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Kirkwood v. Financial West Investment Group, Inc.

United States District Court, D. Maryland

January 31, 2019

DAVID KIRKWOOD
v.
FINANCIAL WEST INVESTMENT GROUP, INC., d/b/a FINANCIAL WEST GROUP, et al.

          MEMORANDUM

          CATHERINE C. BLAKE UNITED STATES DISTRICT JUDGE

         Pending before the court is defendant Financial West Investment Group, Inc.'s motion to compel arbitration, seeking dismissal of this case so the parties may resolve this matter via arbitration. For the reasons stated below, the court will deny defendant's motion to compel arbitration without prejudice.

         FACTUAL AND PROCEDURAL HISTORY

         Plaintiff David Kirkwood is a Maryland resident and former client of defendant Financial West Investment Group, Inc. ("FWG"). FWG is a broker-dealer agency licensed by the Financial Industry Regulatory Authority. FWG's Hampstead, Maryland branch office's registered representative was Gary Steciuk from 2002 until December 2011. ECF 3 at ¶ 5, 7. Through its regional offices, FWG solicited clients to invest funds in various financial instruments, including annuities.

         On April 5, 2004, FWG opened an annuity account for Mr. Kirkwood with Mr. Steciuk serving as his FWG stockbroker. ECF 57-4 at p. 2. Mr. Steciuk oversaw and managed Mr. Kirkwood's annuity account until 2014.[1] In July 2014, Mr. Kirkwood first became aware that Mr. Steciuk was engaged in fraudulent activity related to the annuity account. Mr. Kirkwood claimed that, beginning in 2006 and continuing until July 2014, Mr. Steciuk defrauded Mr. Kirkwood by soliciting Mr. Kirkwood to invest more than $400, 000 in illegitimate annuity investments. ECF 3 at ¶ 11. Rather than investing Mr. Kirkwood's funds into legitimate financial instruments, Mr. Steciuk instead invested them into his own accounts and used the funds to his benefit, causing Mr. Kirkwood ultimately to lose more than $350, 000. ECF 3 at ¶¶ 12, 16. On March 27, 2015, Mr. Steciuk pleaded guilty in this district to one count of mail fraud, ECF 3 at p. 56, after having been charged with several federal offenses in connection with Mr. Kirkwood's and other defrauded investors' accounts, ECF 3 at p. 19. Mr. Steciuk remains incarcerated at a federal facility. ECF 3 at¶7.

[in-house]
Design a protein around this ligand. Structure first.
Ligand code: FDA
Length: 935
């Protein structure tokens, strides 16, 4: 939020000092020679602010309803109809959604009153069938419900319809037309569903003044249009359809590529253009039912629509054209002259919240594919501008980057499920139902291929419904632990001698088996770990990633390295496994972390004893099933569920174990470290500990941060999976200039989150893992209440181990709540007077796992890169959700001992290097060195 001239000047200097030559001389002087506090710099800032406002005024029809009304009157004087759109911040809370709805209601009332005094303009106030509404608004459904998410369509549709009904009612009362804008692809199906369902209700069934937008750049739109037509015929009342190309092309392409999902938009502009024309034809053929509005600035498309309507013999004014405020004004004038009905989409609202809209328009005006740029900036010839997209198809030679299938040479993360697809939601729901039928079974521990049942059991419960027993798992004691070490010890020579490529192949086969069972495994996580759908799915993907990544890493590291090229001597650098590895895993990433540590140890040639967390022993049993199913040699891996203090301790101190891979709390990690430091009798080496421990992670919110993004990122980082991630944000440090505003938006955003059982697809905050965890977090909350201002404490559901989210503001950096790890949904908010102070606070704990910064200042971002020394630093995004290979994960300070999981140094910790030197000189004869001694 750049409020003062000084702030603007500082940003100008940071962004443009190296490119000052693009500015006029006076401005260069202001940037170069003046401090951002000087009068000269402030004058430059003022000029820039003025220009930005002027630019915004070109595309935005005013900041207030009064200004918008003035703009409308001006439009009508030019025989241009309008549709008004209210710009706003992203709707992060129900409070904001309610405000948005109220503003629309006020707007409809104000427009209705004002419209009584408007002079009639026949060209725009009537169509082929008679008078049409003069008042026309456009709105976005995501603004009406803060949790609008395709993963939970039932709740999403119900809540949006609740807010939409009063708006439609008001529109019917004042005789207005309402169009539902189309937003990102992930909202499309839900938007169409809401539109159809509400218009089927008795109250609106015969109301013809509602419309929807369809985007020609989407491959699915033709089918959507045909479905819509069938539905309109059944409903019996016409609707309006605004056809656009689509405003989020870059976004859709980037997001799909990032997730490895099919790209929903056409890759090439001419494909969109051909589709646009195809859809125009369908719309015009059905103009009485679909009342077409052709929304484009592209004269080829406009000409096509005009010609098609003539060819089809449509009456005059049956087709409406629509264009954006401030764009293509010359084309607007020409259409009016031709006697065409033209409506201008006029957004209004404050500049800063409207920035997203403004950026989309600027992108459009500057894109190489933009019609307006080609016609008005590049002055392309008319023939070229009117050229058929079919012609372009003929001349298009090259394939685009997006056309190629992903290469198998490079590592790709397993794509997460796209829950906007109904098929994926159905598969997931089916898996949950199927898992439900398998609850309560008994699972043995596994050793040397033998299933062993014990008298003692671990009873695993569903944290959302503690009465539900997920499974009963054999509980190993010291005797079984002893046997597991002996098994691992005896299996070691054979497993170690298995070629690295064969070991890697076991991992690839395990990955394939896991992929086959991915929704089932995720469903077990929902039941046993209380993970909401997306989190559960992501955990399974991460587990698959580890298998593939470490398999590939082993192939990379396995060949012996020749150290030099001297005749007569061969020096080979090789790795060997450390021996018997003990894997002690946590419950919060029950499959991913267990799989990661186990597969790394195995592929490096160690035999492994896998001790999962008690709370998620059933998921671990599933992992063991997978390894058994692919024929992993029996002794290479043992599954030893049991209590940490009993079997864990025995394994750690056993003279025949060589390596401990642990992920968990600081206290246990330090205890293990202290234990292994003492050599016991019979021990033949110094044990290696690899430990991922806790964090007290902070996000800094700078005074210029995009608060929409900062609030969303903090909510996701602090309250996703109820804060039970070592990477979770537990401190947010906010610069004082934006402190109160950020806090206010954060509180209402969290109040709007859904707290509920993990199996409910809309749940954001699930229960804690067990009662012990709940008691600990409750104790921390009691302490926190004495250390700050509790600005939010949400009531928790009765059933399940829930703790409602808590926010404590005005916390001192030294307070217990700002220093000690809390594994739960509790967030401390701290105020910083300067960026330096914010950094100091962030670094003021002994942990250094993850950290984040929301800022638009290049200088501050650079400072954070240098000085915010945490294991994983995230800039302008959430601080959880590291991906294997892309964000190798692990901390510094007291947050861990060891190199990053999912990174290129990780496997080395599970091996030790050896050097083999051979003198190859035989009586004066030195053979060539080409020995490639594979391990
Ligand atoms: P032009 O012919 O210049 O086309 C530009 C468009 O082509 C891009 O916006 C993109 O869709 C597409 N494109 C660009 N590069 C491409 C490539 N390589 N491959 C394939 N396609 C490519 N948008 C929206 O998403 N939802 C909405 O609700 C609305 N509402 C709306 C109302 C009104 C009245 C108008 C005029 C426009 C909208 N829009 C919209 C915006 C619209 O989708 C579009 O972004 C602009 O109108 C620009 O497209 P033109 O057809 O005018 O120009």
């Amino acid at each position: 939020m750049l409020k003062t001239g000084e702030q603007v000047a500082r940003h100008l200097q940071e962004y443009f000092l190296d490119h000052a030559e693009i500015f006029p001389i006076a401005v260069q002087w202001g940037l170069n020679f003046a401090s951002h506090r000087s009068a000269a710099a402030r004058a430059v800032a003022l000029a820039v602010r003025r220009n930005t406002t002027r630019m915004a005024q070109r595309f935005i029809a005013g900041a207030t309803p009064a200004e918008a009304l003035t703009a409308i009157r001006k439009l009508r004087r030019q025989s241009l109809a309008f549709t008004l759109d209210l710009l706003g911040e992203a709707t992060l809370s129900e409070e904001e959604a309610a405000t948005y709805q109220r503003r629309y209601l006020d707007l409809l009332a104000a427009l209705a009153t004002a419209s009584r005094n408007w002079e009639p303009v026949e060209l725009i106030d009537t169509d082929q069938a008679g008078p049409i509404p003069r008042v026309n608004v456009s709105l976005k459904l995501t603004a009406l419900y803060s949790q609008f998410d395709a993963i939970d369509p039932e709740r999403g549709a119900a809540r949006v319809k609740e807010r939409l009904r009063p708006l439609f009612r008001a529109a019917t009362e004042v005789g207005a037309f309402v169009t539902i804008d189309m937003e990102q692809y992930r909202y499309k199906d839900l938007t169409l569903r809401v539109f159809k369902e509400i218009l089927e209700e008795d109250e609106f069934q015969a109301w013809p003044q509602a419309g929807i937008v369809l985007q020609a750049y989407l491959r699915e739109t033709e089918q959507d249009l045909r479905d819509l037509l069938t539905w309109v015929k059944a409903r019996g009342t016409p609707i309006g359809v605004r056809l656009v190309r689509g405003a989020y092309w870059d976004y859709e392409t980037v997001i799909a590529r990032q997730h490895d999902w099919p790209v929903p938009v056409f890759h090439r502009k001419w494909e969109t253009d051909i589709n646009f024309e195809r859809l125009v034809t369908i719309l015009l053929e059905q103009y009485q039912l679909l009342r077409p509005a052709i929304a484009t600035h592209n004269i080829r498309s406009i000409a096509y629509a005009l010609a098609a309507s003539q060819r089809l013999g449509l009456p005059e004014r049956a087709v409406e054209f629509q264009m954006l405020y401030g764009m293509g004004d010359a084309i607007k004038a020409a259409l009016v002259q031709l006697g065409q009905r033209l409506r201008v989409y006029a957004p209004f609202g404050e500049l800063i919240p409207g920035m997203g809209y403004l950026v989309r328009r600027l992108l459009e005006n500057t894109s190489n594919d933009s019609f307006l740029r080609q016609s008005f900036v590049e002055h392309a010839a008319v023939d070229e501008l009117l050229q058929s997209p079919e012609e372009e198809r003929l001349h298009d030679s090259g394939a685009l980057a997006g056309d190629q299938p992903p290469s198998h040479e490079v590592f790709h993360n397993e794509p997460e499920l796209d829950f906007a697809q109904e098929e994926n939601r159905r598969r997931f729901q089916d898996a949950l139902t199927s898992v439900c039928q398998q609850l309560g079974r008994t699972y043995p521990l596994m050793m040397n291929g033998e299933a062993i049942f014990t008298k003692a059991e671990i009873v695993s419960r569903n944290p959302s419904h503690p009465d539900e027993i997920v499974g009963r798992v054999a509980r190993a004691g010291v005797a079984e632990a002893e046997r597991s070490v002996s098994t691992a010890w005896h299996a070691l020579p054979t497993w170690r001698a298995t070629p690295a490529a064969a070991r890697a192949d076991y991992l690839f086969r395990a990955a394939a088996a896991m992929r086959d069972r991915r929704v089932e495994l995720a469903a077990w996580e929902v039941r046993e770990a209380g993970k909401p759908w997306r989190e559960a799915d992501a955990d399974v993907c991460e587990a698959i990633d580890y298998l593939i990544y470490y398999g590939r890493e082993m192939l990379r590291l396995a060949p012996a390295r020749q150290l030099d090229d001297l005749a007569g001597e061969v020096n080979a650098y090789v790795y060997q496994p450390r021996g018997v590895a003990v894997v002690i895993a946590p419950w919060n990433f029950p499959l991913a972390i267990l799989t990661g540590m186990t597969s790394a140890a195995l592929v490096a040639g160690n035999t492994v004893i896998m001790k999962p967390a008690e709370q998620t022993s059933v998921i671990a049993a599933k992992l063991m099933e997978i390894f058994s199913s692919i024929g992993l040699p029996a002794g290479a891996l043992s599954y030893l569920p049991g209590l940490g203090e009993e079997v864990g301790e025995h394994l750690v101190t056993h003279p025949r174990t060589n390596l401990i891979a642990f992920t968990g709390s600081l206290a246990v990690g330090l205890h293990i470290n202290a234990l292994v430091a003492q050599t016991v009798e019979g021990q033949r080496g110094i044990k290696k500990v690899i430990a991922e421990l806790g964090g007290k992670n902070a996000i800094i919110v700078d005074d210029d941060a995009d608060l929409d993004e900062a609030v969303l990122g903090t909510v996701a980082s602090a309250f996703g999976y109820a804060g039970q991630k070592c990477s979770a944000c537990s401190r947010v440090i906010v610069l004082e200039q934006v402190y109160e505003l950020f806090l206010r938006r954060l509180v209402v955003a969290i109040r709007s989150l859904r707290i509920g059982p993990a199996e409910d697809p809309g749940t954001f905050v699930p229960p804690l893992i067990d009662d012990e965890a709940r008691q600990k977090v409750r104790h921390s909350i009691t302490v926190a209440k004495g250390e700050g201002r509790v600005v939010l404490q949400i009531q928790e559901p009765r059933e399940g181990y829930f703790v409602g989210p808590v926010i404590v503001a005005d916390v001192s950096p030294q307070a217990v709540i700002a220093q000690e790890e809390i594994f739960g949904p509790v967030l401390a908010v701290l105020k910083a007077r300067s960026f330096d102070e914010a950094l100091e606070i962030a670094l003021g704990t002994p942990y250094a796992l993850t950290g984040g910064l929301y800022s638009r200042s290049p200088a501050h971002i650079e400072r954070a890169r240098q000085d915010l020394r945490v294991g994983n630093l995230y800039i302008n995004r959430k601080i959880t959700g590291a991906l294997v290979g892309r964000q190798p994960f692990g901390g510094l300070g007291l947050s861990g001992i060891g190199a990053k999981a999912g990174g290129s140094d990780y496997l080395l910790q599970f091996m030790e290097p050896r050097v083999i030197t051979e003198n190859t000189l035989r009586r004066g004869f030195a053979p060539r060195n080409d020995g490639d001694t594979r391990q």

On July 18, 2017, Mr. Kirkwood initiated this suit, alleging breach of contract, fraud, constructive fraud, and negligent supervision. On June 6, 2018, FWG filed its motion to compel arbitration. The motion has been fully briefed and no oral argument is necessary.

         STANDARD OF REVIEW

         The United States Supreme Court has identified arbitration agreements as "a specialized kind of forum-selection clause that posits not only the situs of suit but also the procedure to be used in resolving the dispute." Scherk v. Alberto-Culver Co., 417 U.S. 506, 519 (1974). "[A] motion to dismiss based on a forum-selection clause should be properly treated under Rule 12(b)(3) as a motion to dismiss on the basis of improper venue." Sucampo Pharm., Inc. v. Astellas Pharma, Inc., 471 F.3d 544, 550 (4th Cir. 2006); see also Aggarao v. MOL Ship Mgmt. Co., 675 F.3d 355, 365-66 & n. 9 (4th Cir. 2012) (analyzing a dismissal in favor of arbitration under Rule 12(b)(3)). Thus, motions to compel arbitration may properly be treated as motions to dismiss for improper venue pursuant to Fed.R.Civ.P. 12(b)(3).

         "On a motion to dismiss under Rule 12(b)(3), the court is permitted to consider evidence outside the pleadings," Aggarao, 675 F.3d at 365-66 (citing Sucampo, 471 F.3d at 550). Facts should be viewed in the light most favorable to the plaintiff, and the plaintiff is obligated "to make only a prima facie showing of proper venue in order to survive a motion to dismiss." Id. at 366 (internal citations omitted).

         ANALYSIS

         Federal policy has long favored the resolution of disputes through arbitration. New Prime, Inc. v. Oliveira, __ S.Ct. __, No. 17-340, 2019 WL 189342, at *9 (U.S. Jan. 15, 2019) (quoting Moses H. Cone Mem 7 Hosp. v. Mercury Constr. Corp.. 460 U.S. 1, 24(1983)). Under the Federal Arbitration Act ("FAA"), arbitration agreements are "valid, irrevocable, and enforceable, save upon such grounds as exist at law or in equity for the revocation of any contract." 9 U.S.C. § 2. Generally, however, courts may not compel parties to submit to arbitration any dispute they did not agree to arbitrate. Int 7 Paper Co. v. Schwabedissen Maschinen & Anlagen GMBH, 206 F.3d 411, 416 (4th Cir. 2000) (internal citation omitted).